To Be Green Is Now A Must By Erick A. Fabian

Gone are the days when companies are only into the bottom-line. A successful business is not just one that earns and grows, but also one that is in good standing with the community. All companies are part of the local community, where its offices, production lines and factories are located. The neighbors, schools, hospitals and other businesses will be significantly affected by a company’s actions. A company that engages in responsible citizenship practices corporate social responsibility (CSR). The most popular working definition of CSR, as agreed upon by the 2007 ISO 26000 Working Group on Social Responsibility, is ‘the responsibility of an organization for the impacts of its decisions and activities on society and the environment through transparent and ethical behaviour that is consistent with sustainable development and the welfare of society takes into account the expectations of stakeholders; is in compliance with applicable law and consistent with international norms of behaviour; and is integrated throughout the organization.’ According to James Epstein-Reeves of Forbes Magazine, businesses that practice CSR are likely to gain more than their nonpracticing counterparts. When your business promotes eco-friendly practices and do away with non-green practices, you introduce innovation. You design and introduce products that are not just consumerfriendly, but environment-friendly as well. Installing a device in your workplace that uses less water, for example, can promote cost savings. As Epstein-Reeves puts it, “one of the easiest places for a company to start engaging in sustainability is to use it as a way to cut costs. Whether it’s using less packaging or less energy, these savings add up quickly.” CSR enables a business to have brand differentiation. Consumers will be more attracted to buy pro-environment alterna-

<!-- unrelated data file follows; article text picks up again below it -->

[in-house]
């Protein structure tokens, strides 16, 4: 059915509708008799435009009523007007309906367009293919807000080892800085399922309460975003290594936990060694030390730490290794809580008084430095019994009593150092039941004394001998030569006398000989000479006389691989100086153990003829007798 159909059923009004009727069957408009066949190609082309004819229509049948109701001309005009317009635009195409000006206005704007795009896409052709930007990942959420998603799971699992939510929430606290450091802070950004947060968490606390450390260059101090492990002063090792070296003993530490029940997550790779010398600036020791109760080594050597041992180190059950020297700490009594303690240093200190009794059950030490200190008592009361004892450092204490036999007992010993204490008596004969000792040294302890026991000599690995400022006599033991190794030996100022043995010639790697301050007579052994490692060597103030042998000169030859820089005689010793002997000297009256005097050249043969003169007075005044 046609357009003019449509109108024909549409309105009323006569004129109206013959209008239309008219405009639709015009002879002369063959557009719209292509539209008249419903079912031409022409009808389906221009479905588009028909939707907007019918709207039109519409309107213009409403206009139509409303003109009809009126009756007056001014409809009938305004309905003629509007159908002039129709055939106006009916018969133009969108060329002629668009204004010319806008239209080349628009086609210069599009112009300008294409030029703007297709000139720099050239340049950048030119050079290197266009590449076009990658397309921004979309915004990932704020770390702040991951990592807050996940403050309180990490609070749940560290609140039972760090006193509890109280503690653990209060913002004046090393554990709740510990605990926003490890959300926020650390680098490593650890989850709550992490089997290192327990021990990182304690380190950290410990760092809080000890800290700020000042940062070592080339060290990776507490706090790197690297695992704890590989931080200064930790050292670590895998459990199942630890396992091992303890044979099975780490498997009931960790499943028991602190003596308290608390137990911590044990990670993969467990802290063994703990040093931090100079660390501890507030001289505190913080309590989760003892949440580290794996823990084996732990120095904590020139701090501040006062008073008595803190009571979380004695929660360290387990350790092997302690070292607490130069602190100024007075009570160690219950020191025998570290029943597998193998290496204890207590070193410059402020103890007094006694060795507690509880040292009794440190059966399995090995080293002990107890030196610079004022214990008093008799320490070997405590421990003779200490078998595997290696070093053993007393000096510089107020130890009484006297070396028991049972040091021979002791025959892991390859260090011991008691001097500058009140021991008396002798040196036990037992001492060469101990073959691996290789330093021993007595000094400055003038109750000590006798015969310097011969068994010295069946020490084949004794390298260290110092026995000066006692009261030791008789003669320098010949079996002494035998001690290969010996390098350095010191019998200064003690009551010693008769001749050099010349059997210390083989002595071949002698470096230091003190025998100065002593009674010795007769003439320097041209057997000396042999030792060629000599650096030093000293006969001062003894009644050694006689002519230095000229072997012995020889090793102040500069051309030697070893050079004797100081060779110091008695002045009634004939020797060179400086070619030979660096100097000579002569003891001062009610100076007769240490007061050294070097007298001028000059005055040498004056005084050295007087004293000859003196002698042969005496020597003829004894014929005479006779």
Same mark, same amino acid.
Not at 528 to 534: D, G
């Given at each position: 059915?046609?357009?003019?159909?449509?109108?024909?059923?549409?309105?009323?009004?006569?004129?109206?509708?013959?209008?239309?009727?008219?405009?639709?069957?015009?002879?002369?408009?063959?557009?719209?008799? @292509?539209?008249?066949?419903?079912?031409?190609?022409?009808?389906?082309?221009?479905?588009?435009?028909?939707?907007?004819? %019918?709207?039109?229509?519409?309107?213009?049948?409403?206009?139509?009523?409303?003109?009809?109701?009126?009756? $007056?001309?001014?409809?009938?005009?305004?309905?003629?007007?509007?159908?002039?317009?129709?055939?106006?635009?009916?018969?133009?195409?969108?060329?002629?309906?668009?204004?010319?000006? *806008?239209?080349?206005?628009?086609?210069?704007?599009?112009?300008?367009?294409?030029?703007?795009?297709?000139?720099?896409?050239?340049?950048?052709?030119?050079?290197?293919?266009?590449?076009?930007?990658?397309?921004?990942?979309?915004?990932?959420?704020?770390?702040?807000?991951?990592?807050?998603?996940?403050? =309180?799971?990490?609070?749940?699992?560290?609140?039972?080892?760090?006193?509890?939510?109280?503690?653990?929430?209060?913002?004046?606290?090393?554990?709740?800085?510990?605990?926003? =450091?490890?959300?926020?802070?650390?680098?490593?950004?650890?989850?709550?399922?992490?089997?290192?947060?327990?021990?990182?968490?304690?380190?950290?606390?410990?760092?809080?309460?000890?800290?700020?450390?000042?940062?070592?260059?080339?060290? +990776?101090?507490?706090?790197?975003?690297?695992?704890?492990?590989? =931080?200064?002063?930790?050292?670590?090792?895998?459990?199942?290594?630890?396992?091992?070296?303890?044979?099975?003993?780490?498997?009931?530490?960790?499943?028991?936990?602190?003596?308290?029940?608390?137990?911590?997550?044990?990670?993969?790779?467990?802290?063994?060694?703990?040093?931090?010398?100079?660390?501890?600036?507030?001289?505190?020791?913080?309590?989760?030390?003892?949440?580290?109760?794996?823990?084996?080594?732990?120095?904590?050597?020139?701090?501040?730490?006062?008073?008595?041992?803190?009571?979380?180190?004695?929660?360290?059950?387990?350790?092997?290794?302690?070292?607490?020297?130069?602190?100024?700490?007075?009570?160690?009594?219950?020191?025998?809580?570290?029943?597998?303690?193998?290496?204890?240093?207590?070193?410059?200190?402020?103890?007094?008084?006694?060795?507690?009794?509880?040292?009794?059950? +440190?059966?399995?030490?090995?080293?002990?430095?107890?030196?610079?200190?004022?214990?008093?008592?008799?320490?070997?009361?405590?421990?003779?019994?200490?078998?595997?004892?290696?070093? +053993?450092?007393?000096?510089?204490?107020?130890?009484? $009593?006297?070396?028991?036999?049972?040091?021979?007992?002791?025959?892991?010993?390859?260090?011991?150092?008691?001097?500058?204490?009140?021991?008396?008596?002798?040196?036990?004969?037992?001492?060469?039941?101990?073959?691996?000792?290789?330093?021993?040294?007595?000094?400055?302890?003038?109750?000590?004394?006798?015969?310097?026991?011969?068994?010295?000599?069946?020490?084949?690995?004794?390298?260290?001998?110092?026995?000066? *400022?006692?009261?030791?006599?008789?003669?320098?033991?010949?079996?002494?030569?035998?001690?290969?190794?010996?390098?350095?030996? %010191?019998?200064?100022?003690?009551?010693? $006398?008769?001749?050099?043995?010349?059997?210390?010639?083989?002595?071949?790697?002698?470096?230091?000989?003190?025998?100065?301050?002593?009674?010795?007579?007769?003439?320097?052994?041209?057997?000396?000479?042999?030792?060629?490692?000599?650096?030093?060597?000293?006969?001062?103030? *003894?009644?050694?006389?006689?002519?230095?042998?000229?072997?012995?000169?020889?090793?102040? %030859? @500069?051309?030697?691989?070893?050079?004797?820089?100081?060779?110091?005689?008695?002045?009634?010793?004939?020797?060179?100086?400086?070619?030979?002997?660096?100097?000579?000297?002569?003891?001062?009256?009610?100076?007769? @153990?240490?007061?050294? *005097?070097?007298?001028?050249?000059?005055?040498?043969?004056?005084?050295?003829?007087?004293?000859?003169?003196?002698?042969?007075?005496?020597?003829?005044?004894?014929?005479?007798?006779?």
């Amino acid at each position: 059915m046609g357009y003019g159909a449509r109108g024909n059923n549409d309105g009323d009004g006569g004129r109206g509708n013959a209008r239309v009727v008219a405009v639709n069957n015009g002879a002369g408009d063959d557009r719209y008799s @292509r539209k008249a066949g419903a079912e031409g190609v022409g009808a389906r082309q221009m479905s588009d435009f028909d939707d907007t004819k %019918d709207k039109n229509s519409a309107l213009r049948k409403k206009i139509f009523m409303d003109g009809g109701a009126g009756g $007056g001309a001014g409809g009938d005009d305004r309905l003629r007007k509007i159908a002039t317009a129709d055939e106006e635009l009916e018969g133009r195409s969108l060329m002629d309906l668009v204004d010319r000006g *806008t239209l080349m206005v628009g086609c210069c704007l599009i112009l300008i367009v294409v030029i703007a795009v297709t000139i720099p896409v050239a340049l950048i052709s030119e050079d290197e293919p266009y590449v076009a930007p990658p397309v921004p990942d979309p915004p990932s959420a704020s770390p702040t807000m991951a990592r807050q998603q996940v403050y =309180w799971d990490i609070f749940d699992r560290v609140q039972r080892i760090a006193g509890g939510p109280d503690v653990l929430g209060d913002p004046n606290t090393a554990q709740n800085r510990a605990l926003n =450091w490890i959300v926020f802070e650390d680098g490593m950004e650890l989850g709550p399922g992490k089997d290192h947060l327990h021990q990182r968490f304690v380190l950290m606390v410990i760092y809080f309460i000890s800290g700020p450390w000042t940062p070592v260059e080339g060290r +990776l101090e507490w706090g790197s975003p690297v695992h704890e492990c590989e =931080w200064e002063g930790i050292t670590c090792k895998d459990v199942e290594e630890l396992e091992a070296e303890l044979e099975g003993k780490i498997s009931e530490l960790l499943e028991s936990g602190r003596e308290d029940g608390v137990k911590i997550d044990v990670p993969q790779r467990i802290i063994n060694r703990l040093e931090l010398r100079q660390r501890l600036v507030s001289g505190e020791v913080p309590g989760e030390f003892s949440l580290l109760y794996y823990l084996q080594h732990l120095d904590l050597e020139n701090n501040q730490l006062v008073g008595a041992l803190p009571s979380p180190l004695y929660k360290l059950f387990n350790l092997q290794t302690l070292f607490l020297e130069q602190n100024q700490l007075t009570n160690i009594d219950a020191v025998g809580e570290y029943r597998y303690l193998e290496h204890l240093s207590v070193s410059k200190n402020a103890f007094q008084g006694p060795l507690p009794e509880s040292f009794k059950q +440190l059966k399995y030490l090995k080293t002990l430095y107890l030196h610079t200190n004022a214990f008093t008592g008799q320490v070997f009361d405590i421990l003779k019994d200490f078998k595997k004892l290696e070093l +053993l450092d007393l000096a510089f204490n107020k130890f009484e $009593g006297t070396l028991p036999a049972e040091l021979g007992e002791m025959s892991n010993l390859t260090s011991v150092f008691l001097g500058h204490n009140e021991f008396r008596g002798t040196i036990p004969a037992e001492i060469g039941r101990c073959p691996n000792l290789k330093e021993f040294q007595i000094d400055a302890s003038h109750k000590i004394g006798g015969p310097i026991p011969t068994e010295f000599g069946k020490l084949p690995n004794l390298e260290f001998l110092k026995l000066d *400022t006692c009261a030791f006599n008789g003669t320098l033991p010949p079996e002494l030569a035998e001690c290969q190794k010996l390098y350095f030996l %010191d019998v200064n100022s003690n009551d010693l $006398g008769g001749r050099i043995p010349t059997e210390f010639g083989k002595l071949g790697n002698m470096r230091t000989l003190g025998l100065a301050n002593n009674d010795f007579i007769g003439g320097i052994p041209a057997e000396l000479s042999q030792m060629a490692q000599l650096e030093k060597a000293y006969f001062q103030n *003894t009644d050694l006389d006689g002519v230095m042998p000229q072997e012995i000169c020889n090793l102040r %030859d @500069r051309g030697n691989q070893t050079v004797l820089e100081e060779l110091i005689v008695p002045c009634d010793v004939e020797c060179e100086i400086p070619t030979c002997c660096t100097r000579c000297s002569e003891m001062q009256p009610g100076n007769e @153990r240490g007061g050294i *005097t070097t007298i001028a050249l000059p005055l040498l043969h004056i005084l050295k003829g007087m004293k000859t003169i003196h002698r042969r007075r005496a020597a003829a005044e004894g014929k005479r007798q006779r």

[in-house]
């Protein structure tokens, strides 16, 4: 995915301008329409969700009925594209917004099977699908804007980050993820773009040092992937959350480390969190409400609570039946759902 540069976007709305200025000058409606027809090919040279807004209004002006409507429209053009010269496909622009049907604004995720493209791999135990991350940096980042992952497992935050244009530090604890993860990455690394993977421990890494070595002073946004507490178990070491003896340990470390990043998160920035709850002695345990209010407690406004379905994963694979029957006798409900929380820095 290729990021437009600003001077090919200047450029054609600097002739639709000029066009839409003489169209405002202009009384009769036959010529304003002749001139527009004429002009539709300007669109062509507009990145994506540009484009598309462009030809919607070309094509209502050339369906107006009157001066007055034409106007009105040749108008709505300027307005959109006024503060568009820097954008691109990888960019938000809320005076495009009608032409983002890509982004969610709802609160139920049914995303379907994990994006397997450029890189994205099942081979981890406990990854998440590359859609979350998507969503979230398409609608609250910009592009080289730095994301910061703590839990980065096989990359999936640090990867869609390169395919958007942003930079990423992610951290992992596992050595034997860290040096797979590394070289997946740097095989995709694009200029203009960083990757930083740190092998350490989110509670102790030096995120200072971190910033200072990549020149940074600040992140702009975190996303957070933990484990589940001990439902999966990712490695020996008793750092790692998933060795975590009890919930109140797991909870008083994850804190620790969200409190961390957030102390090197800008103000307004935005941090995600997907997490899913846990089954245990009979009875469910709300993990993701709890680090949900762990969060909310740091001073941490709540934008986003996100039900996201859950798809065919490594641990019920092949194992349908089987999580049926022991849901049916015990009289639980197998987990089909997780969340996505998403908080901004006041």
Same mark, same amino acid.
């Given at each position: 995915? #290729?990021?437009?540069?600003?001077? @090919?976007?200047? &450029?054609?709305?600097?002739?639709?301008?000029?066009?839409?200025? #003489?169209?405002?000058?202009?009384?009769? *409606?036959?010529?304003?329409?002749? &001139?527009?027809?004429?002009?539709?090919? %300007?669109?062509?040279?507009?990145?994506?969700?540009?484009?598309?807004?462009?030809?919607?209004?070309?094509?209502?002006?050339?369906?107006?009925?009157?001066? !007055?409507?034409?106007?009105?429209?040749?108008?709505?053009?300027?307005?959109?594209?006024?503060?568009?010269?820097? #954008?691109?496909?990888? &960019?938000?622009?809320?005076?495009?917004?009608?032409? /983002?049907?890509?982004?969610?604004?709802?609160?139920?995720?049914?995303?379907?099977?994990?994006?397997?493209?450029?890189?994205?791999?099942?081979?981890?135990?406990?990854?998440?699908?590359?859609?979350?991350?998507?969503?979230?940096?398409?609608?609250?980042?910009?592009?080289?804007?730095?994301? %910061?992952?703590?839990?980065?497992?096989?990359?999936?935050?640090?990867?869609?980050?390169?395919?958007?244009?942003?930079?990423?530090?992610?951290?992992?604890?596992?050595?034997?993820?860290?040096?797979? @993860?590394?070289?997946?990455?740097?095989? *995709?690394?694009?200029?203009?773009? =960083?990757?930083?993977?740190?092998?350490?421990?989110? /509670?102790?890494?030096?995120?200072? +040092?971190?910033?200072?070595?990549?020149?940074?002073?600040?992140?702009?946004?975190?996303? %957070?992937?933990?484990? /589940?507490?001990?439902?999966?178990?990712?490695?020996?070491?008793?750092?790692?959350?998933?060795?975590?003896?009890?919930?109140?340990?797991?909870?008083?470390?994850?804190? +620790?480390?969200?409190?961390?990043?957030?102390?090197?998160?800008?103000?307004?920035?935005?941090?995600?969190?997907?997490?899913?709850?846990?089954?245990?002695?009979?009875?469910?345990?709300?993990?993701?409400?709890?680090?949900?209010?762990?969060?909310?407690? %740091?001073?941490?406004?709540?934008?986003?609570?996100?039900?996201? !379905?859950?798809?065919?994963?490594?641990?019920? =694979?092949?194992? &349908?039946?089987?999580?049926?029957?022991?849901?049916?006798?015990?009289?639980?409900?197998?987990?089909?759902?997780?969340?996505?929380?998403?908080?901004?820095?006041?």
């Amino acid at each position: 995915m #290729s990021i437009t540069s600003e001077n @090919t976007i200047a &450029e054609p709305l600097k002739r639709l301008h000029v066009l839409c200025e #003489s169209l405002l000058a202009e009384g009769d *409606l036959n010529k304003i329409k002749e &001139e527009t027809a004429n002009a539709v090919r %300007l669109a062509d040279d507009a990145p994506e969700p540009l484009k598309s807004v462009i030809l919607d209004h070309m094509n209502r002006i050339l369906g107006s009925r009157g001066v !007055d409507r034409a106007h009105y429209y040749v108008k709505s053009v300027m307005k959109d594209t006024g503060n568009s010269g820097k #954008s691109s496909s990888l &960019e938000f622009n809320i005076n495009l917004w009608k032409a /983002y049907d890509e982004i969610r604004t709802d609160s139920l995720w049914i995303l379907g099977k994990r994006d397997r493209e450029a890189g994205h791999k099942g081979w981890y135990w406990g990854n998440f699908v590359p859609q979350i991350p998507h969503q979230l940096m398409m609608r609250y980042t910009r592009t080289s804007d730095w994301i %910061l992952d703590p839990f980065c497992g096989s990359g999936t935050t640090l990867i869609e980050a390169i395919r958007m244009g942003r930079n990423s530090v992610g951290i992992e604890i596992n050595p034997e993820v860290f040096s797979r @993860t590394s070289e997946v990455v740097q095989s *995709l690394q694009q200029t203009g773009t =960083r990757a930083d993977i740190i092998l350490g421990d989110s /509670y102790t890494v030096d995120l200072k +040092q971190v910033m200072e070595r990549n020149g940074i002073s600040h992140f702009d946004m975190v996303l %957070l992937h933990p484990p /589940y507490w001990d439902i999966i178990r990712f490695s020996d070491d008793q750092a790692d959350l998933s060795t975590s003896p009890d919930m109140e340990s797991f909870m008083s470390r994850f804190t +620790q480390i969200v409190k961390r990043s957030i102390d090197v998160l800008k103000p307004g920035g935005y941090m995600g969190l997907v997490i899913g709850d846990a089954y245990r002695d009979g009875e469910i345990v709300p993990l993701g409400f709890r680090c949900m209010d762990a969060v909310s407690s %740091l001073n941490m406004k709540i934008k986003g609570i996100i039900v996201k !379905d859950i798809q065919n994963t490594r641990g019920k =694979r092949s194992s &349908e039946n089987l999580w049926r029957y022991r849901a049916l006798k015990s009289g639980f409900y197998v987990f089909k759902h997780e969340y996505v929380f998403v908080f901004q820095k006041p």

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tives of the same product simply because it markets itself as ‘eco-friendly’. EpsteinReeves notes, “In the past, brand differentiation was one of the primary reasons companies embraced CSR. Companies such as Timberland were able to find their voice and incorporate the company’s values into their business model.However, as CSR has become more commonplace, using it to differentiate your brand is getting harder to do.” One positive outcome to this, though, is that non-CSR companies will be left behind by their more CSR-savvy competitors, and stand to gain more loyal clients. In an era dominated by information technology, there are significant business risks to ignoring CSR, that corporate motivation is almost irrelevant to the issue. Consumers, clients and other companies are likely to break relationships with firms that have unethical reputations. Businesses that do not emphasize their ethical responsibilities are more likely to attract legal troubles. Companies implement CSR practices because their customers care about it. Even if it can be argued that consumers are a mostly self-motivated and self-interested, numerous studies indicate that a company’s CSR policies can influence their buying decisions. In a survey by Landor Associates, it found that 77% of consumers find it important to buy from socially responsible companies. CSR promotes long-term thinking because it encourages a business to look at the company’s long-term purpose and ensure that the company has a sustainable future. Another way to look at CSR is to view it in terms of a company’s longevity. As EpsteinReeves would say, “It is a shift from worrying about the next fiscal quarter’s financial results to the impact business decisions today have on financial (and social) results ten years from now.” Companies engage in CSR for different reasons. To be realistic, it is not the solution to the world’s problems, it will not increase your company’s profits by itself, and it will save your business from bankruptcy.